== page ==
Inclusion Should NOT be a Priority

Thirty to forty years ago organizations were just beginning to focus on diversity. Since then many people think progress has been made to diversify the workplace and now organizations are focusing on diversity and inclusion, and if they are really savvy, equity. However, even though most organizations have implemented some sort of diversity-related initiative, we, as a country, are currently in a worse place for workforce diversity than we were thirty years ago.

Diverse family
Don’t believe me? Here are some statistics to illustrate the issues. 
Studies spanning over forty years, regarding every private employer in the United States, shows that not only are employers still largely homogenous, but they are also more divided than they were in the 1970s, according to sociologists at Harvard and Stanford.

The wage gap between black college graduates and white college graduates has increased since the 1970s, rising from 13% to now 21% difference. (Economic Policy Institute, 2017)

Workplace discrimination charges have increased to one being filed, on average, every 11 minutes (EEOC, 2018).

Why is this? How is it that organizations have spent millions of dollars on initiatives, training, and other resources and things are getting worse?

The simple answer why it is getting worse: Inclusion is a Priority.

You may be asking, what do I mean by that; priorities are things that get focus and attention. Isn’t that exactly what we want – for inclusion to be the focus of organizations?

Yes and no.

First, it is important to distinguish between priority and value.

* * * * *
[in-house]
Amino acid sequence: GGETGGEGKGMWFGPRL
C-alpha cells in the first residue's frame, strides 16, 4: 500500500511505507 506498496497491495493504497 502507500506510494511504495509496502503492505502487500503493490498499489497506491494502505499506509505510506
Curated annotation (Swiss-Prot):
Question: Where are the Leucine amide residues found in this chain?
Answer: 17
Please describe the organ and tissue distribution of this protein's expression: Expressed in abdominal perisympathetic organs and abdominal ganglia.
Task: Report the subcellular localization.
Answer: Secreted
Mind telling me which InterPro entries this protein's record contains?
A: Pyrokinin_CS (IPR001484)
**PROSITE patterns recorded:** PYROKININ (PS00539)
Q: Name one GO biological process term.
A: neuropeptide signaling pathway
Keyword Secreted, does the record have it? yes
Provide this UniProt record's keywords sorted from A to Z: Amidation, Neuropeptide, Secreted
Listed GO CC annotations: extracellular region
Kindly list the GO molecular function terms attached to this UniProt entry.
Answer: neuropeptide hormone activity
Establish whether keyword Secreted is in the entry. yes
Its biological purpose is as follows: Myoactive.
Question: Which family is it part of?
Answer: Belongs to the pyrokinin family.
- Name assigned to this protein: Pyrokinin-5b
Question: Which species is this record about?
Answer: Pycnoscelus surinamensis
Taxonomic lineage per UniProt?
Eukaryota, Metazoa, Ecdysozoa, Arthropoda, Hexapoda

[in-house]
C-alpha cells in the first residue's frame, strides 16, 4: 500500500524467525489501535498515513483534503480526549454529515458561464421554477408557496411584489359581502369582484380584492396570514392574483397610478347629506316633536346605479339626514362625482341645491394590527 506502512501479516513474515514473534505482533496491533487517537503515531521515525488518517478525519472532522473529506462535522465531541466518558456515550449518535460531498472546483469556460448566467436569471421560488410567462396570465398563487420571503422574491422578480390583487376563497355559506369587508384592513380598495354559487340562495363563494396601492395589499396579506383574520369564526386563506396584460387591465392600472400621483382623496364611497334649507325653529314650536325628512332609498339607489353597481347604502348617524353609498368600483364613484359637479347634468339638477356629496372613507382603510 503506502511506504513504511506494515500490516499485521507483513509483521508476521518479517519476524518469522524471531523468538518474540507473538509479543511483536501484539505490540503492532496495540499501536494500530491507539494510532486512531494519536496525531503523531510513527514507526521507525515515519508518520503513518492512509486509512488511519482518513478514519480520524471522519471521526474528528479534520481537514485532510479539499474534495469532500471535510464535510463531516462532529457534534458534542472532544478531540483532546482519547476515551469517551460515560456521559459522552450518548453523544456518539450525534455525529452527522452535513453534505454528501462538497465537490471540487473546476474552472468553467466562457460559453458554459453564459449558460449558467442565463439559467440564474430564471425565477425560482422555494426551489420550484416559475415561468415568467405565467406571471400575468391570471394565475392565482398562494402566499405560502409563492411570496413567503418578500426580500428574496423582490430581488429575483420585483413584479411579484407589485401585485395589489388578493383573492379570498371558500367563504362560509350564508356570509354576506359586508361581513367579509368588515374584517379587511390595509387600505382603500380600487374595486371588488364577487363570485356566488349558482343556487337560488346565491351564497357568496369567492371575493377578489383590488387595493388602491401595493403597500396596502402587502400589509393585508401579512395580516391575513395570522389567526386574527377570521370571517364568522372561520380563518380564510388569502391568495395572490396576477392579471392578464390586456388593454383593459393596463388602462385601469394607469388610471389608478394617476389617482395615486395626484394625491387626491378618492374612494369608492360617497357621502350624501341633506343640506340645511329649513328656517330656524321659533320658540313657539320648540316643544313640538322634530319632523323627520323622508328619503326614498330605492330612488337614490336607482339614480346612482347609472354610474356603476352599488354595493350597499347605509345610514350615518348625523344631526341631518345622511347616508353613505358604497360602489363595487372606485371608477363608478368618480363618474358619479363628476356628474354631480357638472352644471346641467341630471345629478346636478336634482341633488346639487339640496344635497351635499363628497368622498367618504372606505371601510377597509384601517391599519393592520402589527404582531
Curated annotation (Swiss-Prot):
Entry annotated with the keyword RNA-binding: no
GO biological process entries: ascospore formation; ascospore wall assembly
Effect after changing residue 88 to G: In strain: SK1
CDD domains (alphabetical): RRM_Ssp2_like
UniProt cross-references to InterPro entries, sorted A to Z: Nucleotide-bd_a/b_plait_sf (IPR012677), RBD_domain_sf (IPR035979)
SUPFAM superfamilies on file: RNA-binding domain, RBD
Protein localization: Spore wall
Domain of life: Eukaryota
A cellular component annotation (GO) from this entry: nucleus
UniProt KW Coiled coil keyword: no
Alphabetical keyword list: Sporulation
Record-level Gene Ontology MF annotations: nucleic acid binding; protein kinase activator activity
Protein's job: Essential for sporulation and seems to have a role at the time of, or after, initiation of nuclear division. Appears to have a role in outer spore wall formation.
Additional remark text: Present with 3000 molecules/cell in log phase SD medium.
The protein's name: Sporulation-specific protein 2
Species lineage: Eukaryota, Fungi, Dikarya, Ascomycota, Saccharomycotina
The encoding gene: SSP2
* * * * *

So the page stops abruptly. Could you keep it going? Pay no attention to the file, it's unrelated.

A priority is something that needs attention immediately. We prioritize tasks and initiatives depending on what is happening in the current moment. Diversity, equity, and inclusion initiatives get prioritized when problems arise when it is the time of year to review all the things one should not do, or when there is social unrest in larger society. However, priorities also change. As needs of the immediate time or the organization overall change, the priorities also change, creating the here today, forgotten tomorrow cycle. When inclusion is a priority, it is the focus today and forgotten tomorrow.

“When inclusion is a priority, it is the focus today and forgotten tomorrow.”

Values; however, are different. Values are steadfast and unchanging. Values signal the organization’s or individual’s standard for behavior. They let us know what is most important long-term, throughout the life of the individual or organization. When organizations value diversity, equity, or inclusion, they don’t develop initiatives that are rolled out and then forgotten. They don’t scramble to recruit individuals with diverse backgrounds only at certain times. Instead, they focus on how to create an organization that includes everyone, no matter their skills, background, or current position title. They constantly review their practices to determine if they are being inclusive or if specific individuals are being excluded or not considered. Organizations that value inclusion makes inclusion a way of life. They don’t just attend a training and then go back to work as normal. Instead, they incorporate it into every system, process, briefing, meeting, and feedback session that occurs within the organization. They encourage feedback from employees and have open discussions about difficult topics. They embrace differences and view them as strengths. And they don’t look for individuals to “fit” their culture, but instead search for individuals who will add to their culture; bringing something unique and different, creating innovation, improvement, and strength to the team.

As you reflect on the inclusiveness of your organization, do you find that it is the focus from time to time, changing as priorities change; or is it something that is consistent, steadfast, and unchanging. If it is the former, inclusion is a priority. It’s time to make it a value so real change can occur.

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